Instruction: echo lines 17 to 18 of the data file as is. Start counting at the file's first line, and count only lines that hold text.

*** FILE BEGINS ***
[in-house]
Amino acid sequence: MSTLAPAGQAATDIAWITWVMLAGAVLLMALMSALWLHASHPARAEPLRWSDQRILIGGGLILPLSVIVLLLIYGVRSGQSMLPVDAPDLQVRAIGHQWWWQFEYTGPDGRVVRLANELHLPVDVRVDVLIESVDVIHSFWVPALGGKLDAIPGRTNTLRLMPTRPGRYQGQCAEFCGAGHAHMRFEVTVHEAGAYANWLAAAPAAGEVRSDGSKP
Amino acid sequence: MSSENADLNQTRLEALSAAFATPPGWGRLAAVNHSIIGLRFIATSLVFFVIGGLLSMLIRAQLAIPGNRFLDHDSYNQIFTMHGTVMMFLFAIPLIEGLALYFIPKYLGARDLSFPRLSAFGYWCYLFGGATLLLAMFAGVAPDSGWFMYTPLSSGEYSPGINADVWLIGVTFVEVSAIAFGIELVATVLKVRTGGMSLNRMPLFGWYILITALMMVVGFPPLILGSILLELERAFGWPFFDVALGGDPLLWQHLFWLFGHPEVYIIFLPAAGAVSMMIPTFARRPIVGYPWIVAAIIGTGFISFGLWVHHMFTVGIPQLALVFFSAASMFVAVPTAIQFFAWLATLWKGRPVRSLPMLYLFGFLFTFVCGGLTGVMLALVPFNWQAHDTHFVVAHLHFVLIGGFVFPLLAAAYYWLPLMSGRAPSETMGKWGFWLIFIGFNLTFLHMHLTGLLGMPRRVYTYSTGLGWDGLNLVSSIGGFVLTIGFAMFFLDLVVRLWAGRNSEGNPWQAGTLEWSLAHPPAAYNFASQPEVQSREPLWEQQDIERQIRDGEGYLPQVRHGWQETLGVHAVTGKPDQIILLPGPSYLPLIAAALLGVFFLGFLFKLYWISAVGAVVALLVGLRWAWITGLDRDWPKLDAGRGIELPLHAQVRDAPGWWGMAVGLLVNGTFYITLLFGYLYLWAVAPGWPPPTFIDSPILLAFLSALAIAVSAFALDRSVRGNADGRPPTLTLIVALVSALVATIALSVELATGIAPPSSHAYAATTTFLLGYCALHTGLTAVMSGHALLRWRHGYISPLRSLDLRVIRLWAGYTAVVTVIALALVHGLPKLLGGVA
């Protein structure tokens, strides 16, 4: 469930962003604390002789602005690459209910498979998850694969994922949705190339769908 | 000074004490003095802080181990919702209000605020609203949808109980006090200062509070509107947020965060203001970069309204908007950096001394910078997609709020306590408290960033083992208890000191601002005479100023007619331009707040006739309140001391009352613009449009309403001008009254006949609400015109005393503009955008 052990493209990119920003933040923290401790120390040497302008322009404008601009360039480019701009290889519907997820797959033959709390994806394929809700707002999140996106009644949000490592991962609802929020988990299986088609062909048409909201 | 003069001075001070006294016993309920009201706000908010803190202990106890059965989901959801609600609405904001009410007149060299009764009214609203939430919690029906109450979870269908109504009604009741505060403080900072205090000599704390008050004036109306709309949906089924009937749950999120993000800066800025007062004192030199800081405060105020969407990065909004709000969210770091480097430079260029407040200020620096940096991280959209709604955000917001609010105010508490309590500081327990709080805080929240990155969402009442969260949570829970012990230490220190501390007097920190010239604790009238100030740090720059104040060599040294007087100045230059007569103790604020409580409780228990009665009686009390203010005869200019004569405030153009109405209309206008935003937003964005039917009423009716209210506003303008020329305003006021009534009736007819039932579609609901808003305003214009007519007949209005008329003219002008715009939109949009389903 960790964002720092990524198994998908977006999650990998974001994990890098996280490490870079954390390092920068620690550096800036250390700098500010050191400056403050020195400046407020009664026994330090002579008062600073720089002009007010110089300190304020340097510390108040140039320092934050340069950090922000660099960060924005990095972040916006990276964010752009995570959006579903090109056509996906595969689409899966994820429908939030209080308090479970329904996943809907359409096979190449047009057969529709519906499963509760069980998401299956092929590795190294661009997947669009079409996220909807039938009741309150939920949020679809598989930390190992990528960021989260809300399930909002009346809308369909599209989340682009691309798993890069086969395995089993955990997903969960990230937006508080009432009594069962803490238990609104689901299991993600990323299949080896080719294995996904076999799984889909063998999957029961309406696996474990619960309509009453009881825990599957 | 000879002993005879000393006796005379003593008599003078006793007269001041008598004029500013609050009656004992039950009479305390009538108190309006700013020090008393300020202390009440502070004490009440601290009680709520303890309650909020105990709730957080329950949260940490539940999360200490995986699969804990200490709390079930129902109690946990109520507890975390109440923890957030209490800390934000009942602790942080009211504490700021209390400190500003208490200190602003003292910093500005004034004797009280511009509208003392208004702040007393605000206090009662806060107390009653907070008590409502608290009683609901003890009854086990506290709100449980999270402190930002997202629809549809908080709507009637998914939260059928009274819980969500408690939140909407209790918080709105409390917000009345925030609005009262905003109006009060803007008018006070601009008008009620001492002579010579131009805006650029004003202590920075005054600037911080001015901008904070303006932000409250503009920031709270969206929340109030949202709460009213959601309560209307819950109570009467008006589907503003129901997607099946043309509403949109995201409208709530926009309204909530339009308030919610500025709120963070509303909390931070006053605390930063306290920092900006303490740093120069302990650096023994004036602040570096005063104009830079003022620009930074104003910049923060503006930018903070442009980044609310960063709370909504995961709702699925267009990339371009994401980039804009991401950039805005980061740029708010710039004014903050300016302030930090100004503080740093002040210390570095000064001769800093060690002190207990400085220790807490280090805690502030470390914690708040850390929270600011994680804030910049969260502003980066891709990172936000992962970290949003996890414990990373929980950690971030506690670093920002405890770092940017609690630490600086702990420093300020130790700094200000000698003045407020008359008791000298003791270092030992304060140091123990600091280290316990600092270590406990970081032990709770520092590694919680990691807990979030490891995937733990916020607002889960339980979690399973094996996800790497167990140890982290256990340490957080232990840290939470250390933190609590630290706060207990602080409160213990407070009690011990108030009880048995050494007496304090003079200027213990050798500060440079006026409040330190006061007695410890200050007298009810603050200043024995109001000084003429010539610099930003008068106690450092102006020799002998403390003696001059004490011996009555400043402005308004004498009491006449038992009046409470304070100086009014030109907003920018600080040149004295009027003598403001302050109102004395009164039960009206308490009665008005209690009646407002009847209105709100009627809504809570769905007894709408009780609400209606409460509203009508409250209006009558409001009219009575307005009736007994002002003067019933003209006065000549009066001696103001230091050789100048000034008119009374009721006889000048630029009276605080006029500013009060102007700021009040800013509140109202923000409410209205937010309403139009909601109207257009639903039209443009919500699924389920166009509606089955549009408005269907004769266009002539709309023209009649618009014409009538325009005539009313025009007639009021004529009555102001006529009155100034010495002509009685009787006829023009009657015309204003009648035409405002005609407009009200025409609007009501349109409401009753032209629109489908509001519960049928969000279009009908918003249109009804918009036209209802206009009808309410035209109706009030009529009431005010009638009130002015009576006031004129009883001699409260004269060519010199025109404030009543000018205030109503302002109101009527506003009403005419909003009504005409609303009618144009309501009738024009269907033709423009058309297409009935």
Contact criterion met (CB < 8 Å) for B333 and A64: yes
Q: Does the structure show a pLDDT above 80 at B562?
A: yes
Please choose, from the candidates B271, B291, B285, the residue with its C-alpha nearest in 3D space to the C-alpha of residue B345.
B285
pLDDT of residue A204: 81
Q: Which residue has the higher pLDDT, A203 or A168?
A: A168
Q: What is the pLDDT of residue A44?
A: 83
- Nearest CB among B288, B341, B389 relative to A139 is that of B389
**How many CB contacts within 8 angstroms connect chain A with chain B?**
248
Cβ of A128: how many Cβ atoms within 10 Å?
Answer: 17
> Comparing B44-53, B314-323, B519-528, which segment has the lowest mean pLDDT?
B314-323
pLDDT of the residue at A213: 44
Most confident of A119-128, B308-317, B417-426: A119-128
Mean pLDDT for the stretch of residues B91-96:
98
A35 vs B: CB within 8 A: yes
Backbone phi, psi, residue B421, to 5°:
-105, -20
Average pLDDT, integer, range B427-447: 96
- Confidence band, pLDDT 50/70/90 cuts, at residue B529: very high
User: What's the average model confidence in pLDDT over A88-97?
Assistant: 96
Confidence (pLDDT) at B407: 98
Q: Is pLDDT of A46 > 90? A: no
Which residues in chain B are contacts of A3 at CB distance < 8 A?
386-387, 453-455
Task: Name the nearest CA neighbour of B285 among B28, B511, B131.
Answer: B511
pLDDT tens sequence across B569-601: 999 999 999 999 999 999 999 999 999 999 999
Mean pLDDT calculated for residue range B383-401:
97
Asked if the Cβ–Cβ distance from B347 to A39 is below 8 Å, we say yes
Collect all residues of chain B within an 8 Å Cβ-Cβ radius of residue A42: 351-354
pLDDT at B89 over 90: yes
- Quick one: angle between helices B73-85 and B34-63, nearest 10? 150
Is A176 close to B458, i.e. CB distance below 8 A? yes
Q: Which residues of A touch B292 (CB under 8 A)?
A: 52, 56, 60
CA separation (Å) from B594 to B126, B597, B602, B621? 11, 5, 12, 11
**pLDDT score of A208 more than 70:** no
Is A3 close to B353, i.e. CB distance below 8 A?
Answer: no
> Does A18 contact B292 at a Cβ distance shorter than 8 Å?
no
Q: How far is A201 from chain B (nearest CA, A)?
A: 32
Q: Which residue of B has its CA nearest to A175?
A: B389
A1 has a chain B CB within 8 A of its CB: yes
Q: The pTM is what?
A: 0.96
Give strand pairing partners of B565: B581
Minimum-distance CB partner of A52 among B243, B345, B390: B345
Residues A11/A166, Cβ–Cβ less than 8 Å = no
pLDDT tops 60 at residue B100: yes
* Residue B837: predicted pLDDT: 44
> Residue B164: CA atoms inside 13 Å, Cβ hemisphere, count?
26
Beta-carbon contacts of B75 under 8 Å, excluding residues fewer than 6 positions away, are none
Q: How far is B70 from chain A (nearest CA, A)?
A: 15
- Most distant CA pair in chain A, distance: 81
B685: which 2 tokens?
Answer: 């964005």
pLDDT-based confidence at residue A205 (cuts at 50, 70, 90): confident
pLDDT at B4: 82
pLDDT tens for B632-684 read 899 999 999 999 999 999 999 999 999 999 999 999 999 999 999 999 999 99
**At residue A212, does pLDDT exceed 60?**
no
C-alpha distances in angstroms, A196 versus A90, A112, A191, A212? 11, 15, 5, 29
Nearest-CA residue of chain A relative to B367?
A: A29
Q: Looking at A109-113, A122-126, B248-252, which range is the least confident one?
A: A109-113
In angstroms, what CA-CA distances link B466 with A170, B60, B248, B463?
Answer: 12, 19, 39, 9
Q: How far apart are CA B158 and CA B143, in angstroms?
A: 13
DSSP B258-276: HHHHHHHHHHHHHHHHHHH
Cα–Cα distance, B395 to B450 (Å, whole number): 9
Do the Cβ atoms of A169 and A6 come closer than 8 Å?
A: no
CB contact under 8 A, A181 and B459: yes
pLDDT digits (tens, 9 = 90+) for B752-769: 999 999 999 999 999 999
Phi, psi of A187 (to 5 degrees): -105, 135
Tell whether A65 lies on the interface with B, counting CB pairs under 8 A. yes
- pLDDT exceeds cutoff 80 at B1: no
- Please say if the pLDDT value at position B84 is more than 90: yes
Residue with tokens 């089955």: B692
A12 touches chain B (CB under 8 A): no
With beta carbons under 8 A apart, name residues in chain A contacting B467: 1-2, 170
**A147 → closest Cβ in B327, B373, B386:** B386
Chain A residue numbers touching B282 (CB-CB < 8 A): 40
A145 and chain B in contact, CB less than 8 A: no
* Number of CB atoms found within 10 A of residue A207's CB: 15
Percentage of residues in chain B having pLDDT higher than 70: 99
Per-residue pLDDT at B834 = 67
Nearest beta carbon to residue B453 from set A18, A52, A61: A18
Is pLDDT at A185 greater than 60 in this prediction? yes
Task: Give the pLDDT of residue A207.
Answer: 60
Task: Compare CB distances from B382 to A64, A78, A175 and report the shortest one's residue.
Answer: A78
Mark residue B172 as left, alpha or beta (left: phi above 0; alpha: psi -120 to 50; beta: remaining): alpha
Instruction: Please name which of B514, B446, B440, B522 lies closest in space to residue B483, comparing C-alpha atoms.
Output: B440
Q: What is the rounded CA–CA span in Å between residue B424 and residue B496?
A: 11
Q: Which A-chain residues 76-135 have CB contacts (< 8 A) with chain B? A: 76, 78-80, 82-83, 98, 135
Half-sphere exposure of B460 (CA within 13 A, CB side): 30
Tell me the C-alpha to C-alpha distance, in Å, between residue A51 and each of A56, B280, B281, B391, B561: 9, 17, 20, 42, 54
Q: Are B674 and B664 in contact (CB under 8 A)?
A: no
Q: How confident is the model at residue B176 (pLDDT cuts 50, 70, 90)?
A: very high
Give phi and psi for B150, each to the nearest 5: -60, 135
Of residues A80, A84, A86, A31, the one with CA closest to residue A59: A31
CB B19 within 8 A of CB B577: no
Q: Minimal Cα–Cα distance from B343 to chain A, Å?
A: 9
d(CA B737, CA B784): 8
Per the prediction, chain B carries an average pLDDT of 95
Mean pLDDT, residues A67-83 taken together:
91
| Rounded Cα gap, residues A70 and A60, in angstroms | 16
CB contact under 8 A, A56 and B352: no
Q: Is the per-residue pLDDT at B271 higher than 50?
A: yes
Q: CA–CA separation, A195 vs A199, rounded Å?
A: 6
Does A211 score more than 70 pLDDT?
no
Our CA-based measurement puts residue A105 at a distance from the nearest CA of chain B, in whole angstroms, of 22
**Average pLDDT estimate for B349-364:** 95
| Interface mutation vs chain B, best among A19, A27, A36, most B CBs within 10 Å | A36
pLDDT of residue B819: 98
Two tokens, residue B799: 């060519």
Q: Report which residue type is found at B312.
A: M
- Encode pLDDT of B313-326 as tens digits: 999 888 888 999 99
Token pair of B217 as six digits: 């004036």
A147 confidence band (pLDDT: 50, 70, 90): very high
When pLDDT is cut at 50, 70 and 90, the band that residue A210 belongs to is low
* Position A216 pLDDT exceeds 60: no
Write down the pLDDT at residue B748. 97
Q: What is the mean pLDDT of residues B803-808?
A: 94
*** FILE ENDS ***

248
Cβ of A128: how many Cβ atoms within 10 Å?